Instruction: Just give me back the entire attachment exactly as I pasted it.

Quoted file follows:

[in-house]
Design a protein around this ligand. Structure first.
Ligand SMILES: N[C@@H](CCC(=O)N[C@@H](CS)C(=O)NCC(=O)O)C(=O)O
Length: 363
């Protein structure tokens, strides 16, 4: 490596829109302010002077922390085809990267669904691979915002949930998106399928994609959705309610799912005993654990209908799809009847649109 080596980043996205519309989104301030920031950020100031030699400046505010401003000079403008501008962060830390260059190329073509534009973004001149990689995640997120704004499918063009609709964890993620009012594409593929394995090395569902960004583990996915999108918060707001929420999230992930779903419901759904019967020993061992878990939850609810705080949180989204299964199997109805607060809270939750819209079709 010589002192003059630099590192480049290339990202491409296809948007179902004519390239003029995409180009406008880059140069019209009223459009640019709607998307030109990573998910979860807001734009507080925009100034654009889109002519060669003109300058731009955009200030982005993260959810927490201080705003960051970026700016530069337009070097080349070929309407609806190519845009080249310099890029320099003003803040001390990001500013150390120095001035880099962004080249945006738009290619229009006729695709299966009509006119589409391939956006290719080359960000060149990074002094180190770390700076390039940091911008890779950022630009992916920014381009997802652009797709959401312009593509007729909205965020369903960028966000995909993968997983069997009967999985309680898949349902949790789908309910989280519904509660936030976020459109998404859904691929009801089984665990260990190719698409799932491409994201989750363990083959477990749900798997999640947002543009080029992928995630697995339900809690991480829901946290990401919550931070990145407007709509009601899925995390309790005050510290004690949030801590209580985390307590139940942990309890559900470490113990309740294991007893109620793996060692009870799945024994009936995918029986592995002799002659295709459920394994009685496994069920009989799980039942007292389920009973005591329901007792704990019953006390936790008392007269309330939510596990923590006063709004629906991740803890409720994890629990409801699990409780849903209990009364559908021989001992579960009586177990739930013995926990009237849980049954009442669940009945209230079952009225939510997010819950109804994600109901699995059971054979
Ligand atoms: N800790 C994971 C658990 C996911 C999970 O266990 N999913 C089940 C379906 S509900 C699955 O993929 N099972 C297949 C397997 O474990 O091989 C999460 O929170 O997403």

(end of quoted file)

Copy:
[in-house]
Design a protein around this ligand. Structure first.
Ligand SMILES: N[C@@H](CCC(=O)N[C@@H](CS)C(=O)NCC(=O)O)C(=O)O
Length: 363
């Protein structure tokens, strides 16, 4: 490596829109302010002077922390085809990267669904691979915002949930998106399928994609959705309610799912005993654990209908799809009847649109 080596980043996205519309989104301030920031950020100031030699400046505010401003000079403008501008962060830390260059190329073509534009973004001149990689995640997120704004499918063009609709964890993620009012594409593929394995090395569902960004583990996915999108918060707001929420999230992930779903419901759904019967020993061992878990939850609810705080949180989204299964199997109805607060809270939750819209079709 010589002192003059630099590192480049290339990202491409296809948007179902004519390239003029995409180009406008880059140069019209009223459009640019709607998307030109990573998910979860807001734009507080925009100034654009889109002519060669003109300058731009955009200030982005993260959810927490201080705003960051970026700016530069337009070097080349070929309407609806190519845009080249310099890029320099003003803040001390990001500013150390120095001035880099962004080249945006738009290619229009006729695709299966009509006119589409391939956006290719080359960000060149990074002094180190770390700076390039940091911008890779950022630009992916920014381009997802652009797709959401312009593509007729909205965020369903960028966000995909993968997983069997009967999985309680898949349902949790789908309910989280519904509660936030976020459109998404859904691929009801089984665990260990190719698409799932491409994201989750363990083959477990749900798997999640947002543009080029992928995630697995339900809690991480829901946290990401919550931070990145407007709509009601899925995390309790005050510290004690949030801590209580985390307590139940942990309890559900470490113990309740294991007893109620793996060692009870799945024994009936995918029986592995002799002659295709459920394994009685496994069920009989799980039942007292389920009973005591329901007792704990019953006390936790008392007269309330939510596990923590006063709004629906991740803890409720994890629990409801699990409780849903209990009364559908021989001992579960009586177990739930013995926990009237849980049954009442669940009945209230079952009225939510997010819950109804994600109901699995059971054979
Ligand atoms: N800790 C994971 C658990 C996911 C999970 O266990 N999913 C089940 C379906 S509900 C699955 O993929 N099972 C297949 C397997 O474990 O091989 C999460 O929170 O997403």